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Author: Subject: Reaction between copper sulfate and ferric chloride
AndrejJoszika
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[*] posted on 2-3-2018 at 04:54
Reaction between copper sulfate and ferric chloride


I am new to the world of home-chemistry and I want to perform an experiment, but first I would like to know if the reaction takes place. Do copper sulfate and ferric chloride react? Is it 3CuSO4 + 2FeCl3 -> Fe2(SO4)3 + 3CuCl2, or do i get an ionic reaction? I searched this reaction on the internet, but I didn't find much.
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Boffis
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[*] posted on 2-3-2018 at 07:54


This question has been asked a hundred times before in some form or other. They are both highly disassociated in solution but the ions don't react. If the solution is evaporate the least soluble combination tends to crystallise first. So you get the same product whether you mix ferric chloride with copper sulphate or ferric sulphate and copper chloride.
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AJKOER
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[*] posted on 3-3-2018 at 17:09


Yes, Boffis, you have answered the question reputedly correctly.

However, in practice with say light and air exposure, I would not be too surprised if perhaps one gets a precipitate in time.

My thoughts, the light helps convert some ferric to ferrous. The presence of Fe(ll) with C(ll) enables a redox couple forming Cu(l) via the equilibrium reaction:

Fe(ll) + Cu(ll) = Fe(lll) + Cu(l)

At this point, either a precipitate of the insoluble cuprous forms, or it becomes a soluble complex. Assuming the latter case, as aqueous FeCl3 is acidic it supplies H+ and air provides oxygen. Then, either of following reaction could then proceed:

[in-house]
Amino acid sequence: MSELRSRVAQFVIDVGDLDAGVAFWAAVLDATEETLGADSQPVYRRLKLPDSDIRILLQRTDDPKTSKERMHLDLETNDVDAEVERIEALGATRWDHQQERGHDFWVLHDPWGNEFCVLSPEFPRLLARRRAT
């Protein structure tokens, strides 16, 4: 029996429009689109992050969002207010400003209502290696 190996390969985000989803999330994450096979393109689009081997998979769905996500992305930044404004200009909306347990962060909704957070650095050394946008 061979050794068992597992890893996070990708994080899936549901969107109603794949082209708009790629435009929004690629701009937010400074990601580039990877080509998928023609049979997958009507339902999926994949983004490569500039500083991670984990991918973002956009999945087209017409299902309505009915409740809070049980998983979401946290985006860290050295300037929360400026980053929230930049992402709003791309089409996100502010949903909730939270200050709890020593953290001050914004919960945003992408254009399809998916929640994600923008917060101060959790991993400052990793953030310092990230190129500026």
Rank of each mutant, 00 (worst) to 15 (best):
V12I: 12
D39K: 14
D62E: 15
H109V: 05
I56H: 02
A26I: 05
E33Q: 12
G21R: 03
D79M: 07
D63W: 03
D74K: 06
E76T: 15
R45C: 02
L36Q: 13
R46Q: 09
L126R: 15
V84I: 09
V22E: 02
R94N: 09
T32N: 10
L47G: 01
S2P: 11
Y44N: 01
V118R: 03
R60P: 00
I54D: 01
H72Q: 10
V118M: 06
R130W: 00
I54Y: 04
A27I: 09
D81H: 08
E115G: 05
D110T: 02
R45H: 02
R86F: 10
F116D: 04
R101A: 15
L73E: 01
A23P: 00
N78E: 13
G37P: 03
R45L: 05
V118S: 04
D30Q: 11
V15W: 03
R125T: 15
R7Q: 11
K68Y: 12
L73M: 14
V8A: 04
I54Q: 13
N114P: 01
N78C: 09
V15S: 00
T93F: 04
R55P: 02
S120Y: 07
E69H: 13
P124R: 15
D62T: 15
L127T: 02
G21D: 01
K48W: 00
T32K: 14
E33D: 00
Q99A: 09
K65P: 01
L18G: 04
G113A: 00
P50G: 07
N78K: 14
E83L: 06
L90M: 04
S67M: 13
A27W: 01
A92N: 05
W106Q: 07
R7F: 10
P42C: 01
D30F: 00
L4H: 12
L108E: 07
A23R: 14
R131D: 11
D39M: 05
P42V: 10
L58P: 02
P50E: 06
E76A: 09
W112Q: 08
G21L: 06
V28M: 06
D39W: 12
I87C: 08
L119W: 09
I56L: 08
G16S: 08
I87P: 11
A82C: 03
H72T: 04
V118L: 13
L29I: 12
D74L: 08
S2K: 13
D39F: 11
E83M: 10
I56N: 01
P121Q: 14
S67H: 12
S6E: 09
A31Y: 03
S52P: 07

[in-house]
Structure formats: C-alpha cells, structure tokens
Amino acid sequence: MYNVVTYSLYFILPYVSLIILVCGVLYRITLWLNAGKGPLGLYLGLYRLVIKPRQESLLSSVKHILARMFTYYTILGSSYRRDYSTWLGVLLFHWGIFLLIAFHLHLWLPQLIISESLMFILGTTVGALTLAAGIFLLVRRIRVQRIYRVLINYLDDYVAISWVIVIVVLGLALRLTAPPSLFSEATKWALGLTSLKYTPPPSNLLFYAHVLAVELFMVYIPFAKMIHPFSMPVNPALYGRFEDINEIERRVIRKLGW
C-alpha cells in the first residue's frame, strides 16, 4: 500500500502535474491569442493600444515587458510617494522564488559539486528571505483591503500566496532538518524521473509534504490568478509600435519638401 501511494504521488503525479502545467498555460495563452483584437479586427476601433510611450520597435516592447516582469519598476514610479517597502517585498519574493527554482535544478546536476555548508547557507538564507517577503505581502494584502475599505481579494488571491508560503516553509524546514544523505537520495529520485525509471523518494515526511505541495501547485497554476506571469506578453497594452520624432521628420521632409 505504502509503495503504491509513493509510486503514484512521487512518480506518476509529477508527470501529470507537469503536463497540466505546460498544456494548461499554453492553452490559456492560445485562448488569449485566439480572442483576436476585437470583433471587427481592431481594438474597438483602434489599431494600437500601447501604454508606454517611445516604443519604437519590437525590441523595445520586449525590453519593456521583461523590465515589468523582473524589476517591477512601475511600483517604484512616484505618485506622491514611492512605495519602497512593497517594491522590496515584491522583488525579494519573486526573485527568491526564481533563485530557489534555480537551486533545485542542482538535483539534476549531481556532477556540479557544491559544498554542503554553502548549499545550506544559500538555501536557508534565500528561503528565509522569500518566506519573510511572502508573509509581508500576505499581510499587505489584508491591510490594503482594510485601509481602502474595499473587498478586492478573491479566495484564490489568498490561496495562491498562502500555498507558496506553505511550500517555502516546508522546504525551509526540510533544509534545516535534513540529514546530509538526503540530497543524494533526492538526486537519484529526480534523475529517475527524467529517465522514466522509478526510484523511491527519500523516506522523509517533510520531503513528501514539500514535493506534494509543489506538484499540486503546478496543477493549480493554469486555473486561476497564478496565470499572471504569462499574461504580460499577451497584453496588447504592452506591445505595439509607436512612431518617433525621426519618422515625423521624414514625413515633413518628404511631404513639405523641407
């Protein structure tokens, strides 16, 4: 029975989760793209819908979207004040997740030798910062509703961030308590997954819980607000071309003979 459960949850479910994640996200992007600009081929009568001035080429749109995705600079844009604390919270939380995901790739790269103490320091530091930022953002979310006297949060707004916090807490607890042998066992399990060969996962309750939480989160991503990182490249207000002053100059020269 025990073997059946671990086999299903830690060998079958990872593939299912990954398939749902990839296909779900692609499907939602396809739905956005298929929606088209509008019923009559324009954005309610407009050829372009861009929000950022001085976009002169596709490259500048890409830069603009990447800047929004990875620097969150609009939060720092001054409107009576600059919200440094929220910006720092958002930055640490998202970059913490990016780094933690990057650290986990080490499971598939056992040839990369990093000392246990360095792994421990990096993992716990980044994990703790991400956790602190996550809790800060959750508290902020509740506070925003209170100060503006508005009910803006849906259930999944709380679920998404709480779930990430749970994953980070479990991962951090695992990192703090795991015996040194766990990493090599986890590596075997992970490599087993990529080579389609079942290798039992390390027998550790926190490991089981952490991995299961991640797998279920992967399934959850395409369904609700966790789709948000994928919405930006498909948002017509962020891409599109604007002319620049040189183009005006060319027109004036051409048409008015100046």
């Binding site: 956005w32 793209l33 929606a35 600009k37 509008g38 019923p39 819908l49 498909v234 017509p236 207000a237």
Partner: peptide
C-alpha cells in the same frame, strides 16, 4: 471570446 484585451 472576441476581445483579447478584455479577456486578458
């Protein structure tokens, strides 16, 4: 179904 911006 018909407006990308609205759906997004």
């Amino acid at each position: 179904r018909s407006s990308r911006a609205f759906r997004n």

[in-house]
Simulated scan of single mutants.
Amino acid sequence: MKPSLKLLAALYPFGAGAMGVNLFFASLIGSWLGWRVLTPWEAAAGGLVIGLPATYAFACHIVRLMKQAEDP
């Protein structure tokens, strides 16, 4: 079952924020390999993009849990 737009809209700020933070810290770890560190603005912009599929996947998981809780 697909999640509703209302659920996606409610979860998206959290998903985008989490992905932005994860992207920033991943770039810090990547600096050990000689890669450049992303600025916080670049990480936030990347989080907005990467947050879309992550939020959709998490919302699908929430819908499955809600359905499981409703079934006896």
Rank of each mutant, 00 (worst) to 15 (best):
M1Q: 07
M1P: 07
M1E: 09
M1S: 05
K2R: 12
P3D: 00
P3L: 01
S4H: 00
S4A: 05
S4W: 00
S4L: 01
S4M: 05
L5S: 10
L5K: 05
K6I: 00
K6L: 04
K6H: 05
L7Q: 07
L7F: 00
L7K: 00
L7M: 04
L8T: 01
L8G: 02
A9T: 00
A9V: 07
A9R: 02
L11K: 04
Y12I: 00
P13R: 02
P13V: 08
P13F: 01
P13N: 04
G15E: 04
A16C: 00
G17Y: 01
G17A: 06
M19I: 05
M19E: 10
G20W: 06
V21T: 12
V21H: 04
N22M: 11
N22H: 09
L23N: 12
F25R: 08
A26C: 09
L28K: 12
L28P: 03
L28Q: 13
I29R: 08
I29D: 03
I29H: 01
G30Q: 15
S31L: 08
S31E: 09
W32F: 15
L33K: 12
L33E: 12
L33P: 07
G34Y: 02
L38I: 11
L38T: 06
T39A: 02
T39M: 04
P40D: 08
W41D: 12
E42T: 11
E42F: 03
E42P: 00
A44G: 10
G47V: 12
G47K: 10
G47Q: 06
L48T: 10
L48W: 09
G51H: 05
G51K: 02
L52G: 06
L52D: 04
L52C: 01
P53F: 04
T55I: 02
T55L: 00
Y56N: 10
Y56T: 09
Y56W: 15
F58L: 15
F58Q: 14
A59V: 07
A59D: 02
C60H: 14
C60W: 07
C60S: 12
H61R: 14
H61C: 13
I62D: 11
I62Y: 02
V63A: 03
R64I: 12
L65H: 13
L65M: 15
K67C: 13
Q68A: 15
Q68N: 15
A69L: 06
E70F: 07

Cu(l) (aq) + O2 + 2 H+ --> Cu(OH)2 (s)

Fe(ll) (aq) + O2 + 2 H+ --> Fe(OH)3 (s)

which usually creates an insoluble basic salt (for example, a basic chloride). Note, with more light and oxygen, the process continues.

In my opinion, this transition metal brew has to be kept in the dark without any air exposure, or something may eventually be visible.

[Edited on 4-3-2018 by AJKOER]
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[*] posted on 3-3-2018 at 20:13


Quote: Originally posted by AJKOER  
However, in practice with say light and air exposure, I would not be too surprised if perhaps one gets a precipitate in time.

My thoughts, the light helps convert some ferric to ferrous. The presence of Fe(ll) with Cu(ll) enables a redox couple forming Cu(l) via the equilibrium reaction...

That's a highly imaginative prediction. If there is any formation of a precipitate over time, it would most likely due to slow evaporation of hydrogen chloride and formation of basic iron or copper chlorides. Fe(II) will not reduce Cu(II) to Cu(I).




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[*] posted on 4-3-2018 at 01:38


@Ajoker, your post is complete bollocks.

IF your solutions are dilute or neutral slow hydrolysis WILL deposit basic phases from Fe3+ and Cu2+ solutions but there is no redox reaction because there is nothing to donate electron under these aqueous conditions. These reactions are simple hydrolysis and because they generate H+ ions they are ultimately self limiting as the process reaches equilibrium.
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[*] posted on 4-3-2018 at 02:58


Quote: Originally posted by AJKOER  


My thoughts, the light helps convert some ferric to ferrous.


To exactly the same extent that sunshine destroys rust.

Why do you post tosh like that?
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AJKOER
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[*] posted on 4-3-2018 at 06:53


Some prior comments and sources:

Quote: Originally posted by AJKOER  
To quote Woelen, in part, from above:

"Conclusion:

Excess Fe(3+) ---> Not all copper (I) is oxidized to copper (II)
Excess Fe(2+) ---> Not all copper (II) is reduced to copper (I).

This seems a contradiction, so there must be a copper (A) species in solution with 1 < A < 2, in other words a fractional oxidation state of copper..."